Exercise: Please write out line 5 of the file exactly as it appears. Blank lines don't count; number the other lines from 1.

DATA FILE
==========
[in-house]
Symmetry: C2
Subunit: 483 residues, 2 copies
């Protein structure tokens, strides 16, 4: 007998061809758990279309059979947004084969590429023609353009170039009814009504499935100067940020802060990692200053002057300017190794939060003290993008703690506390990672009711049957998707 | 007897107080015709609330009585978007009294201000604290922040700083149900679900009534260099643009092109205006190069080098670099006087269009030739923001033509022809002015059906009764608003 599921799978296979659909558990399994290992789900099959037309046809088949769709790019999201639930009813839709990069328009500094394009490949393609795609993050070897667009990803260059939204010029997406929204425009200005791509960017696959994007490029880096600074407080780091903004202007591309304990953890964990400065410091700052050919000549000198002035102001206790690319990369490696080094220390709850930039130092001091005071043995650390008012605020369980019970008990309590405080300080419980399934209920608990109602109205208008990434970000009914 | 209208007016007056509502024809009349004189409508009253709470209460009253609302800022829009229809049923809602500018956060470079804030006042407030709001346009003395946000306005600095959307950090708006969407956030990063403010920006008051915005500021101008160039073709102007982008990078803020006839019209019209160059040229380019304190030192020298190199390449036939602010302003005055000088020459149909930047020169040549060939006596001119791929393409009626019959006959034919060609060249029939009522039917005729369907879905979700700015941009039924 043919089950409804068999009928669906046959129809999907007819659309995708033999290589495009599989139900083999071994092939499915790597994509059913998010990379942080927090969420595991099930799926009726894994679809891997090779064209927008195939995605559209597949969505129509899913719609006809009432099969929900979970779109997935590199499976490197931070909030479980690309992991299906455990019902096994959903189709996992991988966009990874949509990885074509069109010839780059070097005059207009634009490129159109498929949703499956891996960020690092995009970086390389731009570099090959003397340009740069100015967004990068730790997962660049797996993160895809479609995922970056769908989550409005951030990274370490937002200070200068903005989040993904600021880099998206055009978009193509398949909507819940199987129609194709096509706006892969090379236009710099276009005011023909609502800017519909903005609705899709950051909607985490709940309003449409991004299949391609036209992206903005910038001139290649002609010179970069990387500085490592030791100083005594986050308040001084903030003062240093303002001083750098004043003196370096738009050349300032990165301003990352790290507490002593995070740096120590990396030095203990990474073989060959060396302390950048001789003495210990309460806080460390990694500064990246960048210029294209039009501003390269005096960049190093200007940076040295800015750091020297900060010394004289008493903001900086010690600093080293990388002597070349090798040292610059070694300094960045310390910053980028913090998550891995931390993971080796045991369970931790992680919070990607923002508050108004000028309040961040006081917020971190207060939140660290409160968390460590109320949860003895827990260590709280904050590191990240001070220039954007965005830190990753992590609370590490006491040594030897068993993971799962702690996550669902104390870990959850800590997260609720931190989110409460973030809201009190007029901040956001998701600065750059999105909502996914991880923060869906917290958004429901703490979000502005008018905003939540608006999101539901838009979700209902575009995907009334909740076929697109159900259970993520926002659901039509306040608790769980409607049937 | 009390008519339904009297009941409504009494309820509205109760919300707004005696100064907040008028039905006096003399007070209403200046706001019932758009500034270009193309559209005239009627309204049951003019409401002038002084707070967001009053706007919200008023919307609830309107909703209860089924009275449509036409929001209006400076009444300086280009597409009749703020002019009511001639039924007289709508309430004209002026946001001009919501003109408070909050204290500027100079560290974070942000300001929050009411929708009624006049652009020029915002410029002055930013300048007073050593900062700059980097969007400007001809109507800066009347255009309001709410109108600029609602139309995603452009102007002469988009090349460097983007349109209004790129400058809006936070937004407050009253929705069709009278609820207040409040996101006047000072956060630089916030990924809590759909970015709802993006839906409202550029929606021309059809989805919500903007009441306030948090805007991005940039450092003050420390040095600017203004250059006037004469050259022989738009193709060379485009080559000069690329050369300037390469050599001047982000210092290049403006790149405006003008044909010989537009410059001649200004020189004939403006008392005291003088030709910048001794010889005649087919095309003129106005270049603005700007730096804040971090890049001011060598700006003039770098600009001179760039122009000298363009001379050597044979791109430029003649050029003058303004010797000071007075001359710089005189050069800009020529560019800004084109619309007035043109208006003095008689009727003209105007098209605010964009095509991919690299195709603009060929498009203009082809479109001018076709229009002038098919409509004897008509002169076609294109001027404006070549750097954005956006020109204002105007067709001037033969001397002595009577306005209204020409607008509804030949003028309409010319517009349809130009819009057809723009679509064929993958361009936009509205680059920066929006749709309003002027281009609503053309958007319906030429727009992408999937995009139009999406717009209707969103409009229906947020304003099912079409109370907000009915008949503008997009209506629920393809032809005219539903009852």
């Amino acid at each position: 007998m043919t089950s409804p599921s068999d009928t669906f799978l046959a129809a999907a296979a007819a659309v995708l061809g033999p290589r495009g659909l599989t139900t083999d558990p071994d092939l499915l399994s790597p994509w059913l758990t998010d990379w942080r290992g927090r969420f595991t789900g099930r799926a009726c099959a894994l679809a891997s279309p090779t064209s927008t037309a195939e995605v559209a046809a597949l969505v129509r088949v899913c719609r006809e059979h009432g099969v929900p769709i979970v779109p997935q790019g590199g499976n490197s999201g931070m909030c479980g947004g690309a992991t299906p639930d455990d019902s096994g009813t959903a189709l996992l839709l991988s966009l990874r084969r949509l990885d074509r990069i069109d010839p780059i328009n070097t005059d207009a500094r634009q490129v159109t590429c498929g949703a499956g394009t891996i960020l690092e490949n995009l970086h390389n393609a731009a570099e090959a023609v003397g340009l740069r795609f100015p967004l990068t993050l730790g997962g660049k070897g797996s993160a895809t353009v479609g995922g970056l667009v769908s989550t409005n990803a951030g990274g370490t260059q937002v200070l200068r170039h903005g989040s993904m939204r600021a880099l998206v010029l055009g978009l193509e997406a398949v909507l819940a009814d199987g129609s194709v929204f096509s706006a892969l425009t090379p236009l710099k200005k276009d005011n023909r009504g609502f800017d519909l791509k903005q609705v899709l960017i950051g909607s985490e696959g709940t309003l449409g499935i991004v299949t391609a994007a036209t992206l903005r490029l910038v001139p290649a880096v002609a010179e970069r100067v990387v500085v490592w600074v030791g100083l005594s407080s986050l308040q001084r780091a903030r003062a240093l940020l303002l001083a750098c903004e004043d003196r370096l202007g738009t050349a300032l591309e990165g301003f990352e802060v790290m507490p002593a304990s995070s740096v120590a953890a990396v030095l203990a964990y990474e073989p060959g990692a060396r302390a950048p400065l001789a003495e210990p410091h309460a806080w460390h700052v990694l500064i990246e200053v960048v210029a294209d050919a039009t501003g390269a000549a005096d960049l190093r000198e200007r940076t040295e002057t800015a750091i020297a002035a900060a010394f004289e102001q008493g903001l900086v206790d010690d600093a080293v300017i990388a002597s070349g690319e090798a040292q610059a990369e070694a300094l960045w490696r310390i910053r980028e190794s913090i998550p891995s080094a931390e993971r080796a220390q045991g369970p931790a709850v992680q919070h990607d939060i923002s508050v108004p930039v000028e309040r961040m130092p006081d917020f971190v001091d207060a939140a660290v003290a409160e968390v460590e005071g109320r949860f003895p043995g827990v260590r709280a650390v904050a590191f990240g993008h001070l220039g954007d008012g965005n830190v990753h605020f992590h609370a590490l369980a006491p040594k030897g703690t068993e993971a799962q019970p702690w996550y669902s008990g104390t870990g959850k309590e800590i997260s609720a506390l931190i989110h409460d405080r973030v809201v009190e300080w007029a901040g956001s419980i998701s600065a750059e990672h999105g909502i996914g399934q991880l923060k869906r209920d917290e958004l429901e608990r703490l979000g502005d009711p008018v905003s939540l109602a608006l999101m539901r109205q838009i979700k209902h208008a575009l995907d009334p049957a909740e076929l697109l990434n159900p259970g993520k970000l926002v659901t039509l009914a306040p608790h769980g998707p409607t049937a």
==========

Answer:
């Amino acid at each position: 007998m043919t089950s409804p599921s068999d009928t669906f799978l046959a129809a999907a296979a007819a659309v995708l061809g033999p290589r495009g659909l599989t139900t083999d558990p071994d092939l499915l399994s790597p994509w059913l758990t998010d990379w942080r290992g927090r969420f595991t789900g099930r799926a009726c099959a894994l679809a891997s279309p090779t064209s927008t037309a195939e995605v559209a046809a597949l969505v129509r088949v899913c719609r006809e059979h009432g099969v929900p769709i979970v779109p997935q790019g590199g499976n490197s999201g931070m909030c479980g947004g690309a992991t299906p639930d455990d019902s096994g009813t959903a189709l996992l839709l991988s966009l990874r084969r949509l990885d074509r990069i069109d010839p780059i328009n070097t005059d207009a500094r634009q490129v159109t590429c498929g949703a499956g394009t891996i960020l690092e490949n995009l970086h390389n393609a731009a570099e090959a023609v003397g340009l740069r795609f100015p967004l990068t993050l730790g997962g660049k070897g797996s993160a895809t353009v479609g995922g970056l667009v769908s989550t409005n990803a951030g990274g370490t260059q937002v200070l200068r170039h903005g989040s993904m939204r600021a880099l998206v010029l055009g978009l193509e997406a398949v909507l819940a009814d199987g129609s194709v929204f096509s706006a892969l425009t090379p236009l710099k200005k276009d005011n023909r009504g609502f800017d519909l791509k903005q609705v899709l960017i950051g909607s985490e696959g709940t309003l449409g499935i991004v299949t391609a994007a036209t992206l903005r490029l910038v001139p290649a880096v002609a010179e970069r100067v990387v500085v490592w600074v030791g100083l005594s407080s986050l308040q001084r780091a903030r003062a240093l940020l303002l001083a750098c903004e004043d003196r370096l202007g738009t050349a300032l591309e990165g301003f990352e802060v790290m507490p002593a304990s995070s740096v120590a953890a990396v030095l203990a964990y990474e073989p060959g990692a060396r302390a950048p400065l001789a003495e210990p410091h309460a806080w460390h700052v990694l500064i990246e200053v960048v210029a294209d050919a039009t501003g390269a000549a005096d960049l190093r000198e200007r940076t040295e002057t800015a750091i020297a002035a900060a010394f004289e102001q008493g903001l900086v206790d010690d600093a080293v300017i990388a002597s070349g690319e090798a040292q610059a990369e070694a300094l960045w490696r310390i910053r980028e190794s913090i998550p891995s080094a931390e993971r080796a220390q045991g369970p931790a709850v992680q919070h990607d939060i923002s508050v108004p930039v000028e309040r961040m130092p006081d917020f971190v001091d207060a939140a660290v003290a409160e968390v460590e005071g109320r949860f003895p043995g827990v260590r709280a650390v904050a590191f990240g993008h001070l220039g954007d008012g965005n830190v990753h605020f992590h609370a590490l369980a006491p040594k030897g703690t068993e993971a799962q019970p702690w996550y669902s008990g104390t870990g959850k309590e800590i997260s609720a506390l931190i989110h409460d405080r973030v809201v009190e300080w007029a901040g956001s419980i998701s600065a750059e990672h999105g909502i996914g399934q991880l923060k869906r209920d917290e958004l429901e608990r703490l979000g502005d009711p008018v905003s939540l109602a608006l999101m539901r109205q838009i979700k209902h208008a575009l995907d009334p049957a909740e076929l697109l990434n159900p259970g993520k970000l926002v659901t039509l009914a306040p608790h769980g998707p409607t049937a």